Clinical Nephrotoxins 3rd Edition: Renal Injury from Drugs and ChemicalsPDF
|Author||George A. Porter and William M. Bennett|
|File size||21.6 MB|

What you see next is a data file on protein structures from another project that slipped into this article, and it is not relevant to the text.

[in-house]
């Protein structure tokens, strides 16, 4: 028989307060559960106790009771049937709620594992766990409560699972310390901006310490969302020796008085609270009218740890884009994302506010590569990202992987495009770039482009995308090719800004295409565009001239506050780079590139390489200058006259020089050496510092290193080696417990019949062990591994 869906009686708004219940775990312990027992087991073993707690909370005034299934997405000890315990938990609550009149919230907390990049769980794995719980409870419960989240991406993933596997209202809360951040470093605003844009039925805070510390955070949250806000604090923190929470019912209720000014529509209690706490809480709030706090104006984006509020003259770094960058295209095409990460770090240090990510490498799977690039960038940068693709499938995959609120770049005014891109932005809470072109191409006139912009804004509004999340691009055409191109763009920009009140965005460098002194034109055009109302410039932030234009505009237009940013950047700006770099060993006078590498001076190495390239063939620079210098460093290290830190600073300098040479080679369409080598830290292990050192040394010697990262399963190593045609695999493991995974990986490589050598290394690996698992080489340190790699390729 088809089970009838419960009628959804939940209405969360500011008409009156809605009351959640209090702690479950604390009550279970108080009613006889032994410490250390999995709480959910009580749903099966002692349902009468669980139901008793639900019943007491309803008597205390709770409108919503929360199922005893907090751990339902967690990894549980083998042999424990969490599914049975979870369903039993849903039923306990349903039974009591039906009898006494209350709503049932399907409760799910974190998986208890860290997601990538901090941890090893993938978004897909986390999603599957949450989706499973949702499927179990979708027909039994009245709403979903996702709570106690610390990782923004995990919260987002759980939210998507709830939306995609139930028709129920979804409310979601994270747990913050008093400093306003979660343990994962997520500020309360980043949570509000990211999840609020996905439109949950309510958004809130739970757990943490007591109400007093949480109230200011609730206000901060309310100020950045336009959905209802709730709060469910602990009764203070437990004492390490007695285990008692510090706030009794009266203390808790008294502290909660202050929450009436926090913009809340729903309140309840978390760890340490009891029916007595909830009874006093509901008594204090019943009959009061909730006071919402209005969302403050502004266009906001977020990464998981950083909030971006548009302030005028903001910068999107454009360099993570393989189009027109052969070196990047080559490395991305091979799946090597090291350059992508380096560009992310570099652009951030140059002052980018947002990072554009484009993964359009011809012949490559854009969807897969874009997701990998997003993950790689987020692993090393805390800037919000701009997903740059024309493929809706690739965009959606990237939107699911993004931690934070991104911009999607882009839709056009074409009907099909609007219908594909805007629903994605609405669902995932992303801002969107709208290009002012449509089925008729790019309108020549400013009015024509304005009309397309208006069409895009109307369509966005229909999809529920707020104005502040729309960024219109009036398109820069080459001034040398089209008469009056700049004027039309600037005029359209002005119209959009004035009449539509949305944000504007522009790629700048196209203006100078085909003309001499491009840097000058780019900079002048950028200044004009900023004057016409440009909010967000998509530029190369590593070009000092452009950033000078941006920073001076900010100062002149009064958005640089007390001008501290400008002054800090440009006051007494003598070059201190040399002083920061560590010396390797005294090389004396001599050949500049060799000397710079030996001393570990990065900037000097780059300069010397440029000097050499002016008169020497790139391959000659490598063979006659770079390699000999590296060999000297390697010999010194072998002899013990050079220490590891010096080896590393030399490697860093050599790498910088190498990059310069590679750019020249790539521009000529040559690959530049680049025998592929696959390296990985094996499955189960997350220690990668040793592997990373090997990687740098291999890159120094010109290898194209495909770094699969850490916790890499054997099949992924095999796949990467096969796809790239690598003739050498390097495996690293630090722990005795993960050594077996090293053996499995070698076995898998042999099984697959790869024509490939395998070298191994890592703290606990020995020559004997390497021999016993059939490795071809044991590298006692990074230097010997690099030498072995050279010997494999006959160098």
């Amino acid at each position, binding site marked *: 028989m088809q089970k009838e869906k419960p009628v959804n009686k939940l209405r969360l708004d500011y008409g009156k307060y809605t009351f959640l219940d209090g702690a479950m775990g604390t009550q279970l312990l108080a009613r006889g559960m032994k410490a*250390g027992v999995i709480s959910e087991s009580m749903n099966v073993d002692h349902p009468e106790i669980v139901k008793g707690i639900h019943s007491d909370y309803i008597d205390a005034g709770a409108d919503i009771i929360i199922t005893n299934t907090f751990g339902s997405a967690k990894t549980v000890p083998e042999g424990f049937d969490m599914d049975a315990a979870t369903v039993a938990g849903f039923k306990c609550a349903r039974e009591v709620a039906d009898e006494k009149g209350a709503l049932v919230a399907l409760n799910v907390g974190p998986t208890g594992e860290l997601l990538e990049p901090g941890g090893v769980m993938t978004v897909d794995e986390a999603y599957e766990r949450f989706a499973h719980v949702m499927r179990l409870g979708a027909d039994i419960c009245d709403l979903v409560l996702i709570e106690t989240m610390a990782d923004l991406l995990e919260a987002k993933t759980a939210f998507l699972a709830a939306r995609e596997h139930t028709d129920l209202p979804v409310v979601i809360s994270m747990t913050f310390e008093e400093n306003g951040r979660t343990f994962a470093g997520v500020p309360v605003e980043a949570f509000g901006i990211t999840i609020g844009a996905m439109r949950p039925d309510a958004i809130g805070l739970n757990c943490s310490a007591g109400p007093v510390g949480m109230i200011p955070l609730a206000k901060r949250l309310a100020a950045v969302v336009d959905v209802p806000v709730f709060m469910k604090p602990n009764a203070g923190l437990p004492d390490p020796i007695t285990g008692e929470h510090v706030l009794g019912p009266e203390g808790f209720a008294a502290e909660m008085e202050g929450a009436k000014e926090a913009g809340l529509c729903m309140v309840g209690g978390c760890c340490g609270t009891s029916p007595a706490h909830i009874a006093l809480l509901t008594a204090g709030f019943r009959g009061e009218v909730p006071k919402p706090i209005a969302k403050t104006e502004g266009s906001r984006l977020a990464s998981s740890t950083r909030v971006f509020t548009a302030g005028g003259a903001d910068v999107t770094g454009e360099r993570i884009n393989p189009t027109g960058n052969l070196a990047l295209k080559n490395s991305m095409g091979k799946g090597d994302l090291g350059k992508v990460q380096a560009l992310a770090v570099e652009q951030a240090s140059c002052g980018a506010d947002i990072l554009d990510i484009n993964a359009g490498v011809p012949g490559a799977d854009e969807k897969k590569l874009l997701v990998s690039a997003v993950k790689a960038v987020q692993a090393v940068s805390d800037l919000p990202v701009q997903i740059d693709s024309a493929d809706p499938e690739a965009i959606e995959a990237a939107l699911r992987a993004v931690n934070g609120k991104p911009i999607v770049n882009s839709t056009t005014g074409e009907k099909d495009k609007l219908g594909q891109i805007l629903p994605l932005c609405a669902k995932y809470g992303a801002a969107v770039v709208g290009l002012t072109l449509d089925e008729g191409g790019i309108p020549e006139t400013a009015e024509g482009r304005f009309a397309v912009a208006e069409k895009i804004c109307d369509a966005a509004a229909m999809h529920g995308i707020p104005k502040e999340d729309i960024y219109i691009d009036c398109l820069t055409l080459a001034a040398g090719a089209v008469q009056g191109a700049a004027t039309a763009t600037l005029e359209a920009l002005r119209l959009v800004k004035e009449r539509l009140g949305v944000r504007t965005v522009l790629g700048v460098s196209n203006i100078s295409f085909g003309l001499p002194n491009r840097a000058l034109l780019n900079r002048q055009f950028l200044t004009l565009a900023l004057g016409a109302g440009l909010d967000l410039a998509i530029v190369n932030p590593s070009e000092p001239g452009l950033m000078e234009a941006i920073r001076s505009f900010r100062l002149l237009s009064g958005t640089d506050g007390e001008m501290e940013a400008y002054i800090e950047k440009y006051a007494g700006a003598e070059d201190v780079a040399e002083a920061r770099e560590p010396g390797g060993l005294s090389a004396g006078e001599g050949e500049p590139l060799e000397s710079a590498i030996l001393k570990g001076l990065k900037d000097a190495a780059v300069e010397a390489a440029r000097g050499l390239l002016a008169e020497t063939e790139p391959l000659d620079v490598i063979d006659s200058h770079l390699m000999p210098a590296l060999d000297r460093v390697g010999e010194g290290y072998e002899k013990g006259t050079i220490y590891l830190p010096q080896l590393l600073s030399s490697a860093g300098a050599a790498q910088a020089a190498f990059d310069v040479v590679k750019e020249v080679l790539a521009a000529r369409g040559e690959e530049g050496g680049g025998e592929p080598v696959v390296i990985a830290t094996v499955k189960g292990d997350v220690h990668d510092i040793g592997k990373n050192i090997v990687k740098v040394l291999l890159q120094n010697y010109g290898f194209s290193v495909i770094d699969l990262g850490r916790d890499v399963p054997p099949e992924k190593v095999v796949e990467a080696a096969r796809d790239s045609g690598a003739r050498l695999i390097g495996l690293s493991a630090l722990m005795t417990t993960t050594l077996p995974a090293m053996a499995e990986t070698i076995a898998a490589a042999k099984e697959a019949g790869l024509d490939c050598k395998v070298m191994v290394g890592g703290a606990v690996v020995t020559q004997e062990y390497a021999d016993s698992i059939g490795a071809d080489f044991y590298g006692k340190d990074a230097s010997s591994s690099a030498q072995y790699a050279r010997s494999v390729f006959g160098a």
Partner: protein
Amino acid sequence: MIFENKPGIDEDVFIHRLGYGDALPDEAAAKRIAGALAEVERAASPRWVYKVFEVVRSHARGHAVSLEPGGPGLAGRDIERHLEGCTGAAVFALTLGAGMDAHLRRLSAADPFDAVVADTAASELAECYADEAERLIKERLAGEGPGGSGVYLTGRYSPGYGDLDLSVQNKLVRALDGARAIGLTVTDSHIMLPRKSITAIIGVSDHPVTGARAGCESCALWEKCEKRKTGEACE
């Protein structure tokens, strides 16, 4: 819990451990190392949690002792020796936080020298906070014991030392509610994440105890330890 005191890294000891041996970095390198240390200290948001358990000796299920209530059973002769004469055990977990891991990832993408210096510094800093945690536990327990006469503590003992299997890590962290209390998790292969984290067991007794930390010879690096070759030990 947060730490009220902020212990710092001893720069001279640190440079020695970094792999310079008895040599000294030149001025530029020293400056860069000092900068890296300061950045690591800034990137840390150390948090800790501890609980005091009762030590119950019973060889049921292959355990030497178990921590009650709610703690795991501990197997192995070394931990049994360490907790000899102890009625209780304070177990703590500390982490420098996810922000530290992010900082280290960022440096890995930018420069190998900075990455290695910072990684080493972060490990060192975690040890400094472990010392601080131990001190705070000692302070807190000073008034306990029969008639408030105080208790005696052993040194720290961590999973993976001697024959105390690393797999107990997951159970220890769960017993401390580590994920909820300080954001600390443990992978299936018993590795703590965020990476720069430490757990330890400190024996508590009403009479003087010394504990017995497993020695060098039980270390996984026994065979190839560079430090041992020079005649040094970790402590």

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As with our two previous editions we remained true to our concept of a multi-nationally author book. Our belief remains strong that scientific information is an international commodity whose interpretation and application are significantly influenced by both the cultural and ethnic background of the observer. The opportunity to share in the rich diversity of the international scientific community continues as a fundamental goal of this endeavor. The sharing of intellectual resources fostered by this effort continues to facilitate the advancement of sound science. As the profession develops new and improved methods for treating disease, there has occurred a parallel increase in the recognition of adverse drug reactions. Also, as more of the world industrializes the occurrence of unexpected injury to organisms because of exposure to environmental/industrial toxins gains prominence. Nephrotoxicity is truly a worldwide problem and we recognize this with the addition of several new chapters. As with the two prior editions, drugs/substances were selected for inclusion based on both the frequency of use and current knowledge, thus new additions include: bisphosphonates, proton pump inhibitors, phosphate containing laxatives, oxalate, smoking and the use of star fruit. Similar criteria were used for including environmental/industrial exposure with the addition of trace metals in chronic kidney disease patients. We have also included chapters dedicated to specific circumstances, drugs associated with acute kidney injury in the intensive care unit, plus the use of dialytic therapies for poisoning. The nature of scientific inquiry has remained unchanged through all editions. As stated previously, one approach is the application of Koch’s postulates, aided and abetted by various experimental animal models. Another involves population based epidemiologic associations to identify potentially causal relationships. Each has its advocates and disciples, and each provides valuable information that can be used by the clinician in better managing his/her patient. However, each technique yields data that must be interpreted with an understanding of the drawbacks and pitfalls inherent in each approach. By enlisting multiple authors for each chapter, plus rigorous editing we hope the final product is a balanced, rationale statement of the field, as it exists today. The statement remains a guiding principle for developing the content of this third edition. As with previous editions we strive to provide a text which is useful, not only to the clinician, but of equal interest to the investigator. The addition of nine new chapters is in response to topics of current interest and we are looking forward to suggestions by the reader ([email protected]). We continue to stress the contribution of cell biology and pathophysiology, believing they provide both a better understanding of toxic injury when known, and a rational direction for therapy and prevention. Since the last edition the application of known risk factors as a means of stratifying acute kidney injury patient outcomes has made a significant contribution to management. With the validation of risk factor stratification the use of preventative techniques is becoming a reality. We continue to include risk factors as a prominent feature with the expectation of a reduction in the incidence of nephrotoxic injury. On a more personal note we confess that without the diligent and tireless polyvalent contribution of Dirk De Weerdt, there would have been no preface for there would have been no book. We also applaud the timely contributions of our authors and their willingness to negotiate compromise when asked. Finally, to our wives Myriam and Marthel, two individuals whose gift of time made this labor possible, we are forever in your debt.